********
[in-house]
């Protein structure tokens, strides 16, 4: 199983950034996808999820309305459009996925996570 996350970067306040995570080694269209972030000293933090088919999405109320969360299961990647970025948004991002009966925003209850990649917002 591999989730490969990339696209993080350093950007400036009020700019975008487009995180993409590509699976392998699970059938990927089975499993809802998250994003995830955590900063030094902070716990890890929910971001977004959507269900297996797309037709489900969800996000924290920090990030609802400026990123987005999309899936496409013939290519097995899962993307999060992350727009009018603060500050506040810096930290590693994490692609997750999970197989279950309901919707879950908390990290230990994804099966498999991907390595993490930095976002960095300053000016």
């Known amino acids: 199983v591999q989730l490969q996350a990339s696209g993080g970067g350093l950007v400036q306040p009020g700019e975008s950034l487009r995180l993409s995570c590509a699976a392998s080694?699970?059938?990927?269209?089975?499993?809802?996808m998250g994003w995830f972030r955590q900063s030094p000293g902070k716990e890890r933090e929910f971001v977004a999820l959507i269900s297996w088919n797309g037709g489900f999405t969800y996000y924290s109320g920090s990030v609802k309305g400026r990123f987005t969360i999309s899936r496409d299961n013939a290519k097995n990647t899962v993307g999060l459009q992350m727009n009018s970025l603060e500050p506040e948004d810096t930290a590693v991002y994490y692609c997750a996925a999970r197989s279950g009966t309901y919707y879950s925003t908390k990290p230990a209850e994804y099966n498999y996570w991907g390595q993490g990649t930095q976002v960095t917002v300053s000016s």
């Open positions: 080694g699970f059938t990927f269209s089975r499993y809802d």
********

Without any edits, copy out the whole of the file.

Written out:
[in-house]
């Protein structure tokens, strides 16, 4: 199983950034996808999820309305459009996925996570 996350970067306040995570080694269209972030000293933090088919999405109320969360299961990647970025948004991002009966925003209850990649917002 591999989730490969990339696209993080350093950007400036009020700019975008487009995180993409590509699976392998699970059938990927089975499993809802998250994003995830955590900063030094902070716990890890929910971001977004959507269900297996797309037709489900969800996000924290920090990030609802400026990123987005999309899936496409013939290519097995899962993307999060992350727009009018603060500050506040810096930290590693994490692609997750999970197989279950309901919707879950908390990290230990994804099966498999991907390595993490930095976002960095300053000016």
């Known amino acids: 199983v591999q989730l490969q996350a990339s696209g993080g970067g350093l950007v400036q306040p009020g700019e975008s950034l487009r995180l993409s995570c590509a699976a392998s080694?699970?059938?990927?269209?089975?499993?809802?996808m998250g994003w995830f972030r955590q900063s030094p000293g902070k716990e890890r933090e929910f971001v977004a999820l959507i269900s297996w088919n797309g037709g489900f999405t969800y996000y924290s109320g920090s990030v609802k309305g400026r990123f987005t969360i999309s899936r496409d299961n013939a290519k097995n990647t899962v993307g999060l459009q992350m727009n009018s970025l603060e500050p506040e948004d810096t930290a590693v991002y994490y692609c997750a996925a999970r197989s279950g009966t309901y919707y879950s925003t908390k990290p230990a209850e994804y099966n498999y996570w991907g390595q993490g990649t930095q976002v960095t917002v300053s000016s």
């Open positions: 080694g699970f059938t990927f269209s089975r499993y809802d």